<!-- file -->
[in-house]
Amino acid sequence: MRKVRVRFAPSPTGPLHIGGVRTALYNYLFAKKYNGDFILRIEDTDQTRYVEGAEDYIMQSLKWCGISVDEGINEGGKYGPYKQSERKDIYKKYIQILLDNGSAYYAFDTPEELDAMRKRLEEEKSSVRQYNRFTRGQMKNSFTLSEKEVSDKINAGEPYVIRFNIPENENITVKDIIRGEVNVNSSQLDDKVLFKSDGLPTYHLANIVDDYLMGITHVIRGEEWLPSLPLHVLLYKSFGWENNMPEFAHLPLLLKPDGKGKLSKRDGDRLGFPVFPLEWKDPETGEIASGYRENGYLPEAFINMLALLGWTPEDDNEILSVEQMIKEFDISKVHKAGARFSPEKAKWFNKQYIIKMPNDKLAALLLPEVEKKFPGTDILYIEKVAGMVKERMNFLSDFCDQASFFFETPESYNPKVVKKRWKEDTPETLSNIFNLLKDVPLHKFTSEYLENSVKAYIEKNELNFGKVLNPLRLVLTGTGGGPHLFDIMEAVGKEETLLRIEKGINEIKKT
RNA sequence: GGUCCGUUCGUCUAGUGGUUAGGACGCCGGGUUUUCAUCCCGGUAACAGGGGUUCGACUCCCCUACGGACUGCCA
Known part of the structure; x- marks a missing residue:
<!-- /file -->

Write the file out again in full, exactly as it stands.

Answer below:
[in-house]
Amino acid sequence: MRKVRVRFAPSPTGPLHIGGVRTALYNYLFAKKYNGDFILRIEDTDQTRYVEGAEDYIMQSLKWCGISVDEGINEGGKYGPYKQSERKDIYKKYIQILLDNGSAYYAFDTPEELDAMRKRLEEEKSSVRQYNRFTRGQMKNSFTLSEKEVSDKINAGEPYVIRFNIPENENITVKDIIRGEVNVNSSQLDDKVLFKSDGLPTYHLANIVDDYLMGITHVIRGEEWLPSLPLHVLLYKSFGWENNMPEFAHLPLLLKPDGKGKLSKRDGDRLGFPVFPLEWKDPETGEIASGYRENGYLPEAFINMLALLGWTPEDDNEILSVEQMIKEFDISKVHKAGARFSPEKAKWFNKQYIIKMPNDKLAALLLPEVEKKFPGTDILYIEKVAGMVKERMNFLSDFCDQASFFFETPESYNPKVVKKRWKEDTPETLSNIFNLLKDVPLHKFTSEYLENSVKAYIEKNELNFGKVLNPLRLVLTGTGGGPHLFDIMEAVGKEETLLRIEKGINEIKKT
RNA sequence: GGUCCGUUCGUCUAGUGGUUAGGACGCCGGGUUUUCAUCCCGGUAACAGGGGUUCGACUCCCCUACGGACUGCCA
Known part of the structure; x- marks a missing residue: